11 p.m. Curfew and Other Rules Start Friday Night in Effort to Stop COVID-19 Spread

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By Anne Geggis

An 11 p.m. curfew is going into effect Friday night and will continue nightly until Aug. 1, according to an emergency order from Broward County issued late Friday afternoon.

Most everyone will have to be in their homes from 11 p.m. to 5 a.m. in the latest effort to curb the spread of COVID-19.

The move comes as COVID-19 cases in the county continue to climb, along with the number of hospitalizations. Just in Broward County, the number of new cases has topped 1,300 every day for the last week, so leaders are taking steps to curtail large gatherings they believe the cause of the infection’s spread.

“It is important for residents and businesses to understand the role they play in reducing these alarming statistics by following reopening guidelines and requirements for social distancing and wearing facial coverings,” a press release from the county reads.

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The curfew represents a rollback of the reopening from a shutdown period that began in mid-March and ended in mid-May. During that period, all businesses deemed “nonessential” were closed. People were told to remain at home, except for groceries, gas, and medical care, since avoiding the infected is the only way to stop the virus’ spread.

For the curfew emergency order, only first responders, news media, delivery or transportation drivers, government employees, people needing emergency medical care and utility personnel are allowed to be out of their homes for the hours between 11 p.m. and 5 a.m., until Aug. 1, according to the order.

The curfew comes as unwelcome news for Spencer Molz. His business at 2125 N. University Drive, Game Night Arcade, really gets rolling at 9:30 p.m., he said.

He’s already had to furlough two workers as a result of the pandemic’s effects.

“It just feels like the county wants more businesses to go out of business,” Molz said.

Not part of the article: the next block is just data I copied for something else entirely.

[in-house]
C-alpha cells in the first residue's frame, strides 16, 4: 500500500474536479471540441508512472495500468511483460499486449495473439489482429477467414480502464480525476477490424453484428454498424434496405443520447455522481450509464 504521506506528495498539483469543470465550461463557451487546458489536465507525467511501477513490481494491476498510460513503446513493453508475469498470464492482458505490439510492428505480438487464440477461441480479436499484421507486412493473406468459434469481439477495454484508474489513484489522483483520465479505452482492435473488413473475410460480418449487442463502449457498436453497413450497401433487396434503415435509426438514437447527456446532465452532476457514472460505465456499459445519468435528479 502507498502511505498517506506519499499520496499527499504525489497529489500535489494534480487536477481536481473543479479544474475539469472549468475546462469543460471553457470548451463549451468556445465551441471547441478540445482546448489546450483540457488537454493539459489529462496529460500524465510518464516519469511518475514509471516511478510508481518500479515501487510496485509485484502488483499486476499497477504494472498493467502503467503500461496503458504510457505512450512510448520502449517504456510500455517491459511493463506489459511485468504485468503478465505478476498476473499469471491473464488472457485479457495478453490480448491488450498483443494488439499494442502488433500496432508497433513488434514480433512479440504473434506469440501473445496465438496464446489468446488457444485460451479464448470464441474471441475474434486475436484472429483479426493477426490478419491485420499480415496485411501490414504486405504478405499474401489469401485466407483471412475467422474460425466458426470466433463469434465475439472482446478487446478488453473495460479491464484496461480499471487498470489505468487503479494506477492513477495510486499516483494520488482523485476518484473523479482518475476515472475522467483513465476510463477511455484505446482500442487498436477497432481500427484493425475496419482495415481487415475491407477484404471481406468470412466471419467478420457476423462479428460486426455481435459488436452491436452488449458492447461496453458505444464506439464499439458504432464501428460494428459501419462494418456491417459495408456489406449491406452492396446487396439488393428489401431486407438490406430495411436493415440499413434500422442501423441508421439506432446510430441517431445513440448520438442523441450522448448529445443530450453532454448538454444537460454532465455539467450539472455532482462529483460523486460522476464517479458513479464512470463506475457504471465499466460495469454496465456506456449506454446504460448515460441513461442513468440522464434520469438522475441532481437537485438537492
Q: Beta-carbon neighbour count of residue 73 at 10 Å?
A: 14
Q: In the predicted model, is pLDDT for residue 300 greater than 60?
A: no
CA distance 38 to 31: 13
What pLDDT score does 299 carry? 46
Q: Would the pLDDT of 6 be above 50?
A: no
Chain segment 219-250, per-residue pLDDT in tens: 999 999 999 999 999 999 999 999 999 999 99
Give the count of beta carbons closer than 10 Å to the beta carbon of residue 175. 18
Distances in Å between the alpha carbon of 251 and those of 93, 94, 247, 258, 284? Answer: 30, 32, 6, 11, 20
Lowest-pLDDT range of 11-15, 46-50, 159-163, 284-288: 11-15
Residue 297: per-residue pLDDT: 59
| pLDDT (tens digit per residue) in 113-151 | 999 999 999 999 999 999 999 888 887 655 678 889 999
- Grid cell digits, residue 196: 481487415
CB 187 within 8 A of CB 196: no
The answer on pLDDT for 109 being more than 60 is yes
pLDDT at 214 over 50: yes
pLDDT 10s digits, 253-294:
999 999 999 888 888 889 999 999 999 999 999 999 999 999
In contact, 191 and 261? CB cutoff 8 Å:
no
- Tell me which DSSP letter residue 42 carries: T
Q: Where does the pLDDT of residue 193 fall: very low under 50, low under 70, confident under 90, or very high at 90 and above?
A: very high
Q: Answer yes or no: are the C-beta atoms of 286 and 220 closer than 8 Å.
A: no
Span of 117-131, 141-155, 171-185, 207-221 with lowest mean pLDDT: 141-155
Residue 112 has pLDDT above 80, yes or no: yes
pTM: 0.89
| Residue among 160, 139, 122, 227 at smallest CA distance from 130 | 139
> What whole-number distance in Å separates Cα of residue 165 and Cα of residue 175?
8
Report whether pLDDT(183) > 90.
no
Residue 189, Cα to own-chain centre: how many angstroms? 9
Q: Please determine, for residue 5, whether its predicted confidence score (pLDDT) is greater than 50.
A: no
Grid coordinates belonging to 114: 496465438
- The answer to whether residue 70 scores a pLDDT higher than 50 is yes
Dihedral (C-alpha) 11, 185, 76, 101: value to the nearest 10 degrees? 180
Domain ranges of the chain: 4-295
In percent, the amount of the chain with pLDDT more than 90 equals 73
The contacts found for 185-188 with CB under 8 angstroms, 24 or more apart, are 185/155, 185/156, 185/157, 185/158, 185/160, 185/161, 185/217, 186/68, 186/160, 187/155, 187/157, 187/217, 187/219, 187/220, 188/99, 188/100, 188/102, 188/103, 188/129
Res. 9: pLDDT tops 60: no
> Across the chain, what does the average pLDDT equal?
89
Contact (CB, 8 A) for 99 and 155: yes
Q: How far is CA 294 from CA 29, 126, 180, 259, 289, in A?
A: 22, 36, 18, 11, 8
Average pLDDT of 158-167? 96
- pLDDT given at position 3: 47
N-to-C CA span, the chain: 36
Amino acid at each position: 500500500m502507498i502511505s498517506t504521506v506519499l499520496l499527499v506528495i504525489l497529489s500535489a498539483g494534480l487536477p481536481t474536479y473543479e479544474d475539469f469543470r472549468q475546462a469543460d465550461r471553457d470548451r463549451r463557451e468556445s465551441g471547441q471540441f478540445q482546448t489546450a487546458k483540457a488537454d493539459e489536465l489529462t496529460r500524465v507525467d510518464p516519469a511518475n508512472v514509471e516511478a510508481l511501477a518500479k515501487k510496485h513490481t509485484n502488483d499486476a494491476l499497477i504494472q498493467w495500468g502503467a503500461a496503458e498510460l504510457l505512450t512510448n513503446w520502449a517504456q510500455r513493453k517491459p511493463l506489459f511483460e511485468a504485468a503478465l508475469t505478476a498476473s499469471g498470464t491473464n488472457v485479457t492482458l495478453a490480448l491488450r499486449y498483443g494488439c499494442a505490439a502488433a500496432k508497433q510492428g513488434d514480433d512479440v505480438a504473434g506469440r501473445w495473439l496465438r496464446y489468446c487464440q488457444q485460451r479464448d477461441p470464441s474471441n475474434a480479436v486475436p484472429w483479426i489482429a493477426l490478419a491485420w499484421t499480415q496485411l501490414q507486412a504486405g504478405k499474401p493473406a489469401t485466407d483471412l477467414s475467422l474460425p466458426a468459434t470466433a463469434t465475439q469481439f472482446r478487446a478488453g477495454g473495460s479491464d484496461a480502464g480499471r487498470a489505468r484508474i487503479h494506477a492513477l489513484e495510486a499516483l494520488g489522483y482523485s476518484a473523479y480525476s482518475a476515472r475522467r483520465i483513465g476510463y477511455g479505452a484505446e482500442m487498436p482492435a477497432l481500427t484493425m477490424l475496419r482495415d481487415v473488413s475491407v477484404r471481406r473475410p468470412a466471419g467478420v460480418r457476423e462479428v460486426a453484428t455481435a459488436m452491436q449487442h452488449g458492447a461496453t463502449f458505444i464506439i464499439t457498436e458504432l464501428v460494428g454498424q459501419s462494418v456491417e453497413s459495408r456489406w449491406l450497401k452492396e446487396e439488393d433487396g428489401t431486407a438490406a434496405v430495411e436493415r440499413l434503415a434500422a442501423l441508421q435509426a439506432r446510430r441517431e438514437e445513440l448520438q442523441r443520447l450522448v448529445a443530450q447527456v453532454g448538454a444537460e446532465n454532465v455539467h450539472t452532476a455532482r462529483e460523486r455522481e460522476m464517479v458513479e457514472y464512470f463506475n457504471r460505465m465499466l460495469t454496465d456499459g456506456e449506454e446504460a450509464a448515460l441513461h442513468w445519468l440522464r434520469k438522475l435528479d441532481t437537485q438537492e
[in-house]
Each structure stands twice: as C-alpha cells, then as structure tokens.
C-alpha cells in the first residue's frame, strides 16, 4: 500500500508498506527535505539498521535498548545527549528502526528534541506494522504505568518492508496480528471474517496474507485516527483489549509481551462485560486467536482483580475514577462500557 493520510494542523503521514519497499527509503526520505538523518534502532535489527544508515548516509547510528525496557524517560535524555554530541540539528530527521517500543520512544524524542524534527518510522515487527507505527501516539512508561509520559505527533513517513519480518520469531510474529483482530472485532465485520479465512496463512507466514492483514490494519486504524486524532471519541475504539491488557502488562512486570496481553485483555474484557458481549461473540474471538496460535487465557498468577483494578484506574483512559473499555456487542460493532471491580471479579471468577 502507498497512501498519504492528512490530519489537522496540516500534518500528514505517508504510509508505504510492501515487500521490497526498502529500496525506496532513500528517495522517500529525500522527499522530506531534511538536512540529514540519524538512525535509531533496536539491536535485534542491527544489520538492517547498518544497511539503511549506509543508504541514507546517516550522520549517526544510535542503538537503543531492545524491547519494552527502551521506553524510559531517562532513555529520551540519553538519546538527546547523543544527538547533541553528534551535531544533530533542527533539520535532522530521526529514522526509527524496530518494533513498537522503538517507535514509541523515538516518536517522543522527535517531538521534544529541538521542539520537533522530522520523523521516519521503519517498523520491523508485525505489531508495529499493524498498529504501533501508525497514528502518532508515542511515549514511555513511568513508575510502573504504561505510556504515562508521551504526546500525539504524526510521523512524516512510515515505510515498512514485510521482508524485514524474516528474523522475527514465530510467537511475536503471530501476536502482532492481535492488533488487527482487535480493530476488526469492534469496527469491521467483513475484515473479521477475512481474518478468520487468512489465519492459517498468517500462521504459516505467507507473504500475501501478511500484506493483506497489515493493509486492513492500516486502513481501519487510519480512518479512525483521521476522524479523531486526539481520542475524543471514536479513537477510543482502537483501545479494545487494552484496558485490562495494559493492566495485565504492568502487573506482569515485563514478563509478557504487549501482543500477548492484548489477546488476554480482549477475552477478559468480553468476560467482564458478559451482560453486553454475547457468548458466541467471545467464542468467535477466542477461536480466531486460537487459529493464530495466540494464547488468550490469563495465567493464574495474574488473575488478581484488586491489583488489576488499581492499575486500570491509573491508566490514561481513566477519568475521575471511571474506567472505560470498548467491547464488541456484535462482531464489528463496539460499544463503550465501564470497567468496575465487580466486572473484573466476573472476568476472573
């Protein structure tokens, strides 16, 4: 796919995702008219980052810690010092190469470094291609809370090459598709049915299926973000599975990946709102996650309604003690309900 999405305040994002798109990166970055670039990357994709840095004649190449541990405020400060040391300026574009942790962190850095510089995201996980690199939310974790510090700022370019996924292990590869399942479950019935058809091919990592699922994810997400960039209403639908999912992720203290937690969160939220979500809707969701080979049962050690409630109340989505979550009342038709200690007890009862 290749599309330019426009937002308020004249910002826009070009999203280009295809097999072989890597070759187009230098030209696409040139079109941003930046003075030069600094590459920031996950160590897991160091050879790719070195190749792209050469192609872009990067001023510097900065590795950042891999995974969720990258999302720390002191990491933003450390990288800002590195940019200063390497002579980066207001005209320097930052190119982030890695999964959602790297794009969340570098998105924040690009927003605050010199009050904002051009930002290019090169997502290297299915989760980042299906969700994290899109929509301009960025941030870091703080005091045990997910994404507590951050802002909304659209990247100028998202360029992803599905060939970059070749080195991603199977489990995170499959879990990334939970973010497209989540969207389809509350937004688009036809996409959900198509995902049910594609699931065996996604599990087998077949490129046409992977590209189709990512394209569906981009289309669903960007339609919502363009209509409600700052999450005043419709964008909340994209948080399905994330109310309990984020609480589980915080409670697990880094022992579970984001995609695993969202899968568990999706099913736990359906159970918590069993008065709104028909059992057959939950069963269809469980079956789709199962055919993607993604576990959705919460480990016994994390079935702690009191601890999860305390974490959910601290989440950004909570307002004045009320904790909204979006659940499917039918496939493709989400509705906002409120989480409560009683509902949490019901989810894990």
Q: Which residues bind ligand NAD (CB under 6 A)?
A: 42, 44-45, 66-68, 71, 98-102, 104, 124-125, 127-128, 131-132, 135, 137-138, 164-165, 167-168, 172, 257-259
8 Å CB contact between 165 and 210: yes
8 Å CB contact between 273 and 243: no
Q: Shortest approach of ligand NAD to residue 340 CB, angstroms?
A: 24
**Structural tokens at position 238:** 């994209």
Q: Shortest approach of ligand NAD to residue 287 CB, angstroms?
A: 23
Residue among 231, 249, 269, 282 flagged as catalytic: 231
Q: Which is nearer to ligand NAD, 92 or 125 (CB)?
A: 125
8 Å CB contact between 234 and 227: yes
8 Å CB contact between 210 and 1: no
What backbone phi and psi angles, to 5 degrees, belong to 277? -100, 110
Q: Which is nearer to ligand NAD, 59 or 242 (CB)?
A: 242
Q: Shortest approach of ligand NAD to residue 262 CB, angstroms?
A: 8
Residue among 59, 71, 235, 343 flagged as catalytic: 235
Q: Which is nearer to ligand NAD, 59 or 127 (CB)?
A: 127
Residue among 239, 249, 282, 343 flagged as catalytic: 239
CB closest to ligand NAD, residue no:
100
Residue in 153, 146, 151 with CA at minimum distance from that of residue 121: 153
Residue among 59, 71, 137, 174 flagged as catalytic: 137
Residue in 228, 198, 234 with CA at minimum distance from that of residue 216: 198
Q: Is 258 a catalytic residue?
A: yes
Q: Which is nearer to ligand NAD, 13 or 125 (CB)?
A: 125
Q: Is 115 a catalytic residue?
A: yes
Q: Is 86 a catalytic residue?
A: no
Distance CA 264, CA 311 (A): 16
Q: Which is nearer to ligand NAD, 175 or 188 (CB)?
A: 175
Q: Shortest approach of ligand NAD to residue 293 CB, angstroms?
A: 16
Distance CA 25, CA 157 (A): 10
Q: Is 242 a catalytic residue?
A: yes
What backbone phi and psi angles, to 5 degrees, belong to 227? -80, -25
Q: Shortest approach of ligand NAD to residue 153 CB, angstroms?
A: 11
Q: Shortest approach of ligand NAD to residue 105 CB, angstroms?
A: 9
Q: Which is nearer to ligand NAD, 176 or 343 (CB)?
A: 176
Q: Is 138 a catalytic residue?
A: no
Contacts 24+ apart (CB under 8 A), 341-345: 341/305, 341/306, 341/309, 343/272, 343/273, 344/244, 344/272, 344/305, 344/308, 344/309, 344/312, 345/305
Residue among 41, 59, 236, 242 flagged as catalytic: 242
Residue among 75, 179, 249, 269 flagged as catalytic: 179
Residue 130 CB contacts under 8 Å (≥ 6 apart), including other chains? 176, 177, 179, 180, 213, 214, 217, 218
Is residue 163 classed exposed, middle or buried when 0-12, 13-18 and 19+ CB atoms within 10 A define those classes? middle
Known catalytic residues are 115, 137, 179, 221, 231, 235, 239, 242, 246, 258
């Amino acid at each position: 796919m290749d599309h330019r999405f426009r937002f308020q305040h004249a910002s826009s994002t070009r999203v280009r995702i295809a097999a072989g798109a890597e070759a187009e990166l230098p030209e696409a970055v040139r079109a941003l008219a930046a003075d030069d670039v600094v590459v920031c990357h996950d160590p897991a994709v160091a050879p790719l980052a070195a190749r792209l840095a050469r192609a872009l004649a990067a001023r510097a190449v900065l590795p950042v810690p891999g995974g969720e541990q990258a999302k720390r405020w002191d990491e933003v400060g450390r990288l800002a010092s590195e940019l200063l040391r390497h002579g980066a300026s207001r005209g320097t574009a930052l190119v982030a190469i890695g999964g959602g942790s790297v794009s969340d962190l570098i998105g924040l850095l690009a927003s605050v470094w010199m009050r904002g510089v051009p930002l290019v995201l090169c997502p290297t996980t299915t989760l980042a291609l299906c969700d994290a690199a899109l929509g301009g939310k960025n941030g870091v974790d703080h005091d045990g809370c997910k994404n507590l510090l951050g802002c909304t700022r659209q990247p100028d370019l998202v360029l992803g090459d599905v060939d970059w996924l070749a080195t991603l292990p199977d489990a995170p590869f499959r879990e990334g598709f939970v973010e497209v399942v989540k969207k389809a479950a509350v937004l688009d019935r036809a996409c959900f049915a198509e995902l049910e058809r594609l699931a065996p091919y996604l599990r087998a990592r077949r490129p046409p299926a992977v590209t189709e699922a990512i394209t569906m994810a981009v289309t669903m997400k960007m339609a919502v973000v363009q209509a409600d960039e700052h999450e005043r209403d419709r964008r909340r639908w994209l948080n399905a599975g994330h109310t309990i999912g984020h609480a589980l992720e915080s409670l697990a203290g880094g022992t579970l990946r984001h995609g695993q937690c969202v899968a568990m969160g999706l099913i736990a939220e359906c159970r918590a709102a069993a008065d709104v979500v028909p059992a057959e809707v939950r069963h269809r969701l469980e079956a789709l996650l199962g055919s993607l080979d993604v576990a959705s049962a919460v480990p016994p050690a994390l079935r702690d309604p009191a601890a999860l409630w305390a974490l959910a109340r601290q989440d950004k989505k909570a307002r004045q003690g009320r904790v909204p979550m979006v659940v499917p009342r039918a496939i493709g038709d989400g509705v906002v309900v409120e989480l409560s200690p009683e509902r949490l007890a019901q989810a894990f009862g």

A call from Coral Springs Talk was the first he’d heard that his hours would be shorter Friday night.

“And I get emails from the city and the county,” he said.

In addition to ordering the majority of citizens in their homes by 11 p.m., the emergency order issued Friday also:

  • Prohibits private gatherings of more than ten people at residential properties, indoors or outdoors. People who are at gatherings larger than ten people could be subject to a fine, and owners of the property could also be fined, whether they are present or not.
  • Prohibits vacation rentals without on-site owners from operating for guests checking in from July 20 through Aug. 20.
  • Requires food and drink to be ordered and consumed at a table — no ordering at bar counters.
  • Requires those exercising at commercial gyms to wear facial covering — revoking the previous orders that allowed no mask during exercise.

Most of the cases, about 80 percent, involve an entire household getting infected from one person who brings the virus home, said Commissioner Lamar Fisher. He said the situation is extremely alarming.

“I think we need to … continue to try to curb this disease without doing a shutdown,” he said. “We’re trying to avoid a shutdown.”

Commissioner Michael Udine, who represents part of Tamarac, blamed large gatherings for the virus’ surge.

“This is going to be a detriment to our businesses,” he said of the curfew. “But we must. It’s a way to get this under control.”

Got News? Send it to Tamarac Talk.

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Anne Geggis
Anne Geggis
Anne Geggis has been a newspaper reporter for 30 years, most recently at the Sun Sentinel. She graduated from St. Michael’s College in Colchester, Vt., with a double major in journalism and sociology.
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